Great Performances: Season 36, Episode 7

Company: A Musical Comedy (20 Feb. 2008)

TV Episode  -   -  Biography | Drama | Music
8.6
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Ratings: 8.6/10 from 335 users  
Reviews: 9 user | 3 critic

Centering on Bobby, a confirmed bachelor celebrating his 35th birthday with his 10 closest friends (who also happen to be five couples), "Company" culminates in Bobby's transformation from ... See full summary »

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Title: Company: A Musical Comedy (20 Feb 2008)

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Cast

Episode cast overview:
Kelly Jeanne Grant ...
Kathy
...
Marta
...
April
Matt Castle ...
Peter
Amy Justman ...
Susan
Fred Rose ...
...
...
Kristin Huffman ...
Sarah
Robert Cunningham ...
Paul
Heather Laws ...
Amy
...
Larry
...
Joanne
...
Bobby
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Storyline

Centering on Bobby, a confirmed bachelor celebrating his 35th birthday with his 10 closest friends (who also happen to be five couples), "Company" culminates in Bobby's transformation from unattached swinger to tentative monogamist. Written by PBS/Great Performances

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20 February 2008 (USA)  »

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1.85 : 1
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Trivia

This is a recording of the revival of the popular Stephen Sondheim musical; the revival ran on Broadway from November 2006 to July 2007. The production was directed by John Doyle. As in his previous year's revival of Sondheim's Sweeney Todd, Doyle had his actors double as the orchestra for the production. See more »

Quotes

Robert: [singing] Make me confused! Mock me with praise! Let me be used! Vary my days...
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Connections

Version of Company (2011) See more »

Soundtracks

Barcelona
Music and Lyrics by Stephen Sondheim
Performed by Raúl Esparza and Elizabeth Stanley
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User Reviews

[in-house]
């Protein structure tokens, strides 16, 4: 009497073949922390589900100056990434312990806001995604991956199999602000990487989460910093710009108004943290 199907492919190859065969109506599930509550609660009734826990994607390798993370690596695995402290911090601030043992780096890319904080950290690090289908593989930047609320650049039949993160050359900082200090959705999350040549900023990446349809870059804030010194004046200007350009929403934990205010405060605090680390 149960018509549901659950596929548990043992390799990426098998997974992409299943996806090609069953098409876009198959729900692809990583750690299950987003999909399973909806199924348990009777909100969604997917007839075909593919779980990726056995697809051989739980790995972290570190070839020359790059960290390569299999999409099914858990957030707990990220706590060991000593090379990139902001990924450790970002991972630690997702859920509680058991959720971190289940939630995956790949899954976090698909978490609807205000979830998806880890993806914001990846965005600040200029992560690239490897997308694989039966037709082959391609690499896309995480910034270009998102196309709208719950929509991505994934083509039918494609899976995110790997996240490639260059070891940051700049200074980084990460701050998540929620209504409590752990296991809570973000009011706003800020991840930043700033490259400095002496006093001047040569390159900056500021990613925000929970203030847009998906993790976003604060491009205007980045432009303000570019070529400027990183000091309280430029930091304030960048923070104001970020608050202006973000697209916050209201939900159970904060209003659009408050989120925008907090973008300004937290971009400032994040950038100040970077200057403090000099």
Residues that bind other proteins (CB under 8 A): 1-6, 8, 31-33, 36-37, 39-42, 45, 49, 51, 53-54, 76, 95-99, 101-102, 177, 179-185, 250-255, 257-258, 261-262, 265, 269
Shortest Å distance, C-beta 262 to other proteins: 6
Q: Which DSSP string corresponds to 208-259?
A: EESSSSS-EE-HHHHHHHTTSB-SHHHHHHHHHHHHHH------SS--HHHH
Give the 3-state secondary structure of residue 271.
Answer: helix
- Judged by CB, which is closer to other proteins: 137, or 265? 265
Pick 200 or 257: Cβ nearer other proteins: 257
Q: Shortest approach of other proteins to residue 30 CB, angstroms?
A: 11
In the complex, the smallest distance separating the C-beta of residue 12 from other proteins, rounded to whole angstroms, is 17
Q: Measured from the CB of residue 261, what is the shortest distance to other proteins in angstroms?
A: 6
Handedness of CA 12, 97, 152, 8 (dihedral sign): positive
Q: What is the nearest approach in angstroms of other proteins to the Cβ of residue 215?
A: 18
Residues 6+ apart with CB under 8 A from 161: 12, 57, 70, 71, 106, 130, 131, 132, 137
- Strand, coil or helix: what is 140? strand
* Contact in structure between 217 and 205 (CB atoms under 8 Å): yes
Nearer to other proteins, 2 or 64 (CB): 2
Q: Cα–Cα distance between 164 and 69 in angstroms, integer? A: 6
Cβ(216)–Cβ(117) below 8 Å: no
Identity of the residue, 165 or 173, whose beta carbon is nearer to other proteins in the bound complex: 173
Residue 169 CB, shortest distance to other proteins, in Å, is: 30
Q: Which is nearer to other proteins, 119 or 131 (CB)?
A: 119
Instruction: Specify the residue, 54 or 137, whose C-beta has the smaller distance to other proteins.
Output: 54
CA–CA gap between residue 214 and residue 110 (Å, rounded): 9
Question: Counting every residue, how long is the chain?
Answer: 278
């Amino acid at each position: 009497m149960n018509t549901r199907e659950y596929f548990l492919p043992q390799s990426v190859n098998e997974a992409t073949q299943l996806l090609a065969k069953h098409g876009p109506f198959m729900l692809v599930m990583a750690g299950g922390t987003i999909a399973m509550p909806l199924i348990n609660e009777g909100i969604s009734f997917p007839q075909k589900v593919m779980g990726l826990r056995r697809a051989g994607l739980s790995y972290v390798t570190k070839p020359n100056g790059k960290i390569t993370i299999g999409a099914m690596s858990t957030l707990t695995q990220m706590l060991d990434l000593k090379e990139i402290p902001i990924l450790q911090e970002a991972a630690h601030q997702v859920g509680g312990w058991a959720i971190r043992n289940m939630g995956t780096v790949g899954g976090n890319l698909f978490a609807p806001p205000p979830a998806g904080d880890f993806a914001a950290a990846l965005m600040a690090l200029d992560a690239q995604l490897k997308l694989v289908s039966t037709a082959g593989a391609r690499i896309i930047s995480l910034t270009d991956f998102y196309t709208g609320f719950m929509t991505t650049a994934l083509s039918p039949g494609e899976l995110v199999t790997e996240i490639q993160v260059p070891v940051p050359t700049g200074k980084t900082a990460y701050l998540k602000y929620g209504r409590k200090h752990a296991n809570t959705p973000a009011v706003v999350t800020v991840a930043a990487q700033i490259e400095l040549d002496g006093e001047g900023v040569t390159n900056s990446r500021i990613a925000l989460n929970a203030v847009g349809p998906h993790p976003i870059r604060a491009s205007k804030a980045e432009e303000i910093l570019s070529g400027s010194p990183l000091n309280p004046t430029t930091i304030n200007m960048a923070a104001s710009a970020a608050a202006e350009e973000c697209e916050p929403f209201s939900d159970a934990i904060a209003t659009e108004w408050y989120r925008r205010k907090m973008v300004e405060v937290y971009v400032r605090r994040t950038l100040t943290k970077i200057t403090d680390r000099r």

Excellent and hugely enjoyable production of a Sondheim masterpiece
30 August 2013 | by (United Kingdom) – See all my reviews

If you love Stephen Sondheim you'll love Company. Maybe not his absolute best as a whole, Sweeney Todd from a personal opinion is his masterpiece, but has everything that is to love about his musicals and quite possibly his most accessible too. Smartly written, funny and poignant with clever, poetic lyrics and beautiful music as well as characters you can identify with, even when not Sondheim's very best it is one of his best. The story is somewhat unconventional in that there isn't hugely much of one, but it is still so entertaining while taking on a very emotional journey that you don't care. It also develops its characters strongly, and relationships are handled in a deft and sometimes cynical way.

This is an excellent production. For me the Neil Patrick Harris production from 2011 was marginally better, the omission of Tick-Tock in this production was disappointing(though it's not the first time it's been cut from the show) and Angel Desai has a few moments of strain in Another Hundred People. The 2011 production has Tick-Tock and has Another Hundred People sung perfectly. The orchestra don't sound as powerful either, those who love the big band Sondheim will want to look elsewhere as how it's performed here is part of John Doyle's concept, with some of the actors also taking on the roles of instrumentalists. To be said though, it did work very well for the production and was very well performed.

Doyle's stage direction is fine, it is minimalist and done like a cabaret act- Company is essentially a concept musical in the first place so doing something different is not a problem- but the smart, funny moments still make you laugh and the poignant moments genuinely moving. The piano is like a character itself in this production and it's very effectively done, with people singing on top of it and also bringing out Bobby's "boyish voyeur". The production is also remarkably intimate, that works because some of the themes in Company require that touch, and it was good that it was clear that Bobby was the focal point while not wholly neglecting the supporting cast.

Production values-wise, the production is striking in how simple it is. Some may find it stark in colour, and it is understandable with the performers in black and the stage being bare a lot of the time, but personally it fitted perfectly with the intimacy of the staging. The video directing is clear, while not cinematic it's never stage bound either as well as not too close or too distant, there's a good deal of professionalism here. With the close ups of Bobby's face you can feel and see the emotion. The sound is excellent and the picture quality is generally good.

Raul Esparza does a wonderful job as Bobby, he has a lovely voice and has a great sensitivity, charisma and boyish charm. Barbara Walsh attacks her role with fierce abandon and a good sense of worldliness(especially in Ladies at Lunch), true she's not Elaine Stritch nor did she try or need to be. Her voice is great, it's not as volcanic as Patti Lupone's but quality-wise it is a much more appealing sound. Angel Desai does sound a little strained at times in her big number Another Hundred People but is appropriately saucy and charming. Heather Laws is wonderfully intense, Elizabeth Stanley is affecting and warm personality-wise and the male ensemble while simplified in number sing beautifully.

All in all, excellent and hugely enjoyable. 8.5/10 Bethany Cox


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